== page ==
Pizza Hut now do vegan cheese when you eat in! I would say it’s the second best vegan pizza I have had, second to the next one…

10. Pizza de la Sosa

This has to be the BEST vegan pizza I have ever had and I know that is a big statement! It’s the only vegan pizza I can order and I’m glad it is. I just love it! I love both BBQ / tomato bases, always with mushrooms added.

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11. Source Deli

£ This has to be the BEST place to grab lunch! With several bread options such as brown, white, sourdough, ciabatta, and even more vegan options – there’s something for everyone!

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Vegan Chicken on Ciabatta


12. Thomas’ of York

££ York is known for their pubs, apparently there are 365 of them – one for everyday of the year! I cannot confirm this (yet) though ;-). At Thomas’ they have a whole Veggie menu with vegan options, so it’s a great place to go to if you truly want to visit York in York style and go to t’pub.

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If you do go to York- let me know what you ate and how you found it!

Compassion is the Fashion, Love Emma


Vegan Nando’s Chicken Wrap Recipe

I have only been vegan for 5ish months and my favourite meals are still those which are vegan versions of my previous diet. One of my favourite meals used to be the nando’s chicken wrap, so when I went vegan, I had to recreate it. This is what I came up with. It is super EASY to make and DELICIOUS to eat!

What you will need for one wrap:

  • Quorn vegan BBQ strips (I found mine in Morrison’s)
  • A splash of olive oil
  • Tortilla Wrap (I use Mission Deli Original wraps)
  • Lettuce
  • 1 tbsp Vegan mayo (I use tesco’s own brand)
  • optional: 1tsp any level spice nando’s marinade sauce
  • 1 tbsp Jalapeño Chilli Jam (I use Morrison’s own brand)
  • optional: salt

quorn-bbq-strips.png121551011_0_640x64041ukINLBfLL.jpgUnknown-1Screen Shot 2018-01-02 at 14.44.51Tesco-Free-From-Mayonnaise-250Ml-

(click on pics to zoom in!)

To Do:

  1. Start by frying your desired amount of quorn BBQ pieces in the Olive oil until they are cooked- this takes approximately 5 minutes. I usually use up half a packet for one wrap because I’m a greedy b*tch.  (if desired, sprinkle some salt on the pieces)
  2. Whilst this is frying, heat up tortilla wrap in the microwave for 20 seconds.
  3. When the wraps are heated up, apply one tablespoon of mayo and chilli jam (optional: apply 1 teaspoon of marinade), and use the back of the spoon to spread this all over the wrap.
  4. Next, place lettuce on the wrap- I like to have a generous amount of lettuce: I would say about a handful is good.
  5. When the pieces are fried place them down the middle of the wrap in a straight line.
  6. fold the top and bottom of the wrap and roll from left to right (or right to left: as you desire) and voila!



And there you have a quick, easy, simple, delicious and vegan meal idea! I usually have this for lunch. 🙂

Compassion is the Fashion, Love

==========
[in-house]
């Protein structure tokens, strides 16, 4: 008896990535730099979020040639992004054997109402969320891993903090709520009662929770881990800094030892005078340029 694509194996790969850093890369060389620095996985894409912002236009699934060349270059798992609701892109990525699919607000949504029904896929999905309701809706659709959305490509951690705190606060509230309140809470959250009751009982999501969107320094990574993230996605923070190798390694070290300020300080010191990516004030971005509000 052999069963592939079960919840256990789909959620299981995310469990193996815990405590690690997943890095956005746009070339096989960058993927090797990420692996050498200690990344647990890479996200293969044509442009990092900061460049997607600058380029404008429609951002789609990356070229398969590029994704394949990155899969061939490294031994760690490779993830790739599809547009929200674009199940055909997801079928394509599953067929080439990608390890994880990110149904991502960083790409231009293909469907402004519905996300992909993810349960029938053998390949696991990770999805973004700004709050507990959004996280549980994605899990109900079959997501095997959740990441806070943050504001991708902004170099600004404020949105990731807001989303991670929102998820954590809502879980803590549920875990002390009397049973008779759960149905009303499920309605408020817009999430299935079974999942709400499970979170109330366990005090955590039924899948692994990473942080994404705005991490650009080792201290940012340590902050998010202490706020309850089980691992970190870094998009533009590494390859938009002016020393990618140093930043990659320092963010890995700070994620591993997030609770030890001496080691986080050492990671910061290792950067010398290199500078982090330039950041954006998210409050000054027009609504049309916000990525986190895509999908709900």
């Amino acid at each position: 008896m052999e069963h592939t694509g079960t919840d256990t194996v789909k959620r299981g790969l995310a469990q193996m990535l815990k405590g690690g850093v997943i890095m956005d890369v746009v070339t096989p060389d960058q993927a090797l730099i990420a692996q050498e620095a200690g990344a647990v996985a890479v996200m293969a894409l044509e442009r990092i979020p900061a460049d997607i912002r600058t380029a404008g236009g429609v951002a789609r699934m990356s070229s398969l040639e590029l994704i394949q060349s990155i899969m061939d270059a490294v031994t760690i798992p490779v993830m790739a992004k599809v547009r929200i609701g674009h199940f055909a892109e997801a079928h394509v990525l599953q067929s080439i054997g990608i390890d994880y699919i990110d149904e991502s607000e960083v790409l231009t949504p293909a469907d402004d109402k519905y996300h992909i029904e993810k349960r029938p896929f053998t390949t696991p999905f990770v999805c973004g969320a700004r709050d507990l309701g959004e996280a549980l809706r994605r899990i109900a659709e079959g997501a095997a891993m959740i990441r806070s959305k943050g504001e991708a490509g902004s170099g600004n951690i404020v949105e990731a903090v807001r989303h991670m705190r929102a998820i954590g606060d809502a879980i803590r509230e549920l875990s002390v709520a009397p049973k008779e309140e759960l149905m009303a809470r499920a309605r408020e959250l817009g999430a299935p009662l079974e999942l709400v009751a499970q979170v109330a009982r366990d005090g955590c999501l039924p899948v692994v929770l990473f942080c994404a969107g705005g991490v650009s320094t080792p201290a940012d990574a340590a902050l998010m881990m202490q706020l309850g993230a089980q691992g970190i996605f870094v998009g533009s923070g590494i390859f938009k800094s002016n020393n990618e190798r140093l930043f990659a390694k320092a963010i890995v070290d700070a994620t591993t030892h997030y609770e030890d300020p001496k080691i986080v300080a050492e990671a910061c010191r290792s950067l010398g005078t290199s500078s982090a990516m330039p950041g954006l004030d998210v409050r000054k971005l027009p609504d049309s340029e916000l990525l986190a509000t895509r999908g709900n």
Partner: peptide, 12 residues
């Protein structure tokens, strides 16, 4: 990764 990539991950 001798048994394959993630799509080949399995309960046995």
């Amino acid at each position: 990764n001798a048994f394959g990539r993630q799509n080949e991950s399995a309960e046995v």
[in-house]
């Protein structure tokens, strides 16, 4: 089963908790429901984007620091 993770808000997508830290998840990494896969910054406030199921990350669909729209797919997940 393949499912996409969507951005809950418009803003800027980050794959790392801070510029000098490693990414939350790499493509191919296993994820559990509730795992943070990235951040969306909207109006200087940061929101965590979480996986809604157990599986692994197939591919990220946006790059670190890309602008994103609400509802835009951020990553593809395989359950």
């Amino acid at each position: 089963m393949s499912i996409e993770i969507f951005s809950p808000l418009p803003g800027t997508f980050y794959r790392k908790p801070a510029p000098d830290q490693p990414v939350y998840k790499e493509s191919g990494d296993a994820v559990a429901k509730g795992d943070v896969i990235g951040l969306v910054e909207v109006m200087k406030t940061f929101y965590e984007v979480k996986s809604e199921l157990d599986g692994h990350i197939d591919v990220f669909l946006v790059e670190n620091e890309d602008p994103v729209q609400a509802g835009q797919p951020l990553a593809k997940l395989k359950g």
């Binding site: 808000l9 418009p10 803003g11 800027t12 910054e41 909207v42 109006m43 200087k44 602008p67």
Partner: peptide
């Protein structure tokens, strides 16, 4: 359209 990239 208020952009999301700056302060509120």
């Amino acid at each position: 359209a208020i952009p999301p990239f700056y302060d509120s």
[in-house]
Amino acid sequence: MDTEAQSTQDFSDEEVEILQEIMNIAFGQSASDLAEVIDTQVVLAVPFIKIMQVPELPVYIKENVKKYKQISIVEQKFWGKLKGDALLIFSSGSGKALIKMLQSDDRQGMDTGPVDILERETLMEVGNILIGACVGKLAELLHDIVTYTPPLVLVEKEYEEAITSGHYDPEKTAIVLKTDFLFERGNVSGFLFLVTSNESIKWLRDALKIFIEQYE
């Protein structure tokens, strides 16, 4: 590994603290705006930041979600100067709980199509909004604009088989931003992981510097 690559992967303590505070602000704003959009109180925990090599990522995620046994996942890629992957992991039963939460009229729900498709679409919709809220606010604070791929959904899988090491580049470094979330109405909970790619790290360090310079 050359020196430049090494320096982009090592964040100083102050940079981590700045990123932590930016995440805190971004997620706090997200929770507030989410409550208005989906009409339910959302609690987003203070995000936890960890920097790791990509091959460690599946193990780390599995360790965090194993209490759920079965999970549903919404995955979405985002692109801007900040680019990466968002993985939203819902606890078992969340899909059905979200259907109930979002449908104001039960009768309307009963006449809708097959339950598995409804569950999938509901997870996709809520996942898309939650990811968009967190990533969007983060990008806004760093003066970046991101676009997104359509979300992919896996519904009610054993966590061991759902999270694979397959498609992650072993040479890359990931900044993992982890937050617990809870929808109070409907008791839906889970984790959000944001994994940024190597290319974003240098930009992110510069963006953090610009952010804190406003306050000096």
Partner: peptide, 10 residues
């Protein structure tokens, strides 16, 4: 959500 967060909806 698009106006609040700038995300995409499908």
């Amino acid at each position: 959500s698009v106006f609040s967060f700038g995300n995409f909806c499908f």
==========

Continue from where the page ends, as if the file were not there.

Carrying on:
x Emma.

Reflecting on ‘opinions’ in 2017.


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If I were to sum up 2017 in one word it would be ‘opinions’ and I definitely gained a lot of these, strongly. This year for me, was one of several revelations, the biggest was learning my heartfelt and true opinion on eating meat, dairy and eggs. I’m not going to go into the details of such opinions or how I discovered them, rather I’m going to reflect on how they affected my 2017.

Once I had realised what I had been contributing to, for the entirety of my life, all I wanted to do was show others what was going on and to help them make the connection too. The first thing I thought to do was to utilise my personal social media platforms, and I constantly shared graphic videos (none of which I could watch myself) that unveiled the horrors of the industries. My intention was to raise awareness and in my naive mind, I thought that my family and friends would totally get it and want to drop meat, too—WRONG. So so wrong, and it didn’t take long for me to learn that I had totally approached the issue in the wrong way and to be honest, it feels like the damage is irrevocable and that is something I am still trying to deal with.

People who I thought were my friends were un-friending me, challenging me and some were being quite bitchy about/towards me. I was open to being challenged, it meant that people were interested in wtf I was going on about and I must say that there were a few people who were genuinely interested in what I had to say. Other people, however, were not so direct. Rather, they would indirect tweet about people who don’t eat meat and it would not take Sherlock to work out that it was me they were talking about.

At the time, I convinced myself that it didn’t bother me and I was fine with it, but it definitely had a bigger impact on me that I thought it would. What hurts the most was the fact that this tweet was being liked by so many of the people I thought were ‘friends’. I felt totally embarrassed, like I had done something so horrible and awful that they had to support this tweet. It honestly made me feel like an absolute demon and I know it was just a tweet and i shouldn’t overthink it, but that’s just what I do! I was called a ‘d*ck’ by someone I hadn’t spoken to in years, I was sent pictures of meat (because that’s funny apparently!!!) and some things that were said about me I could never and would never want to repeat on here. Basically, I thought that by sharing these videos I could help people and thus help animals, but instead that didn’t happen and I think I not only lost a few ‘friends,’ but I also lost a bit of my confidence.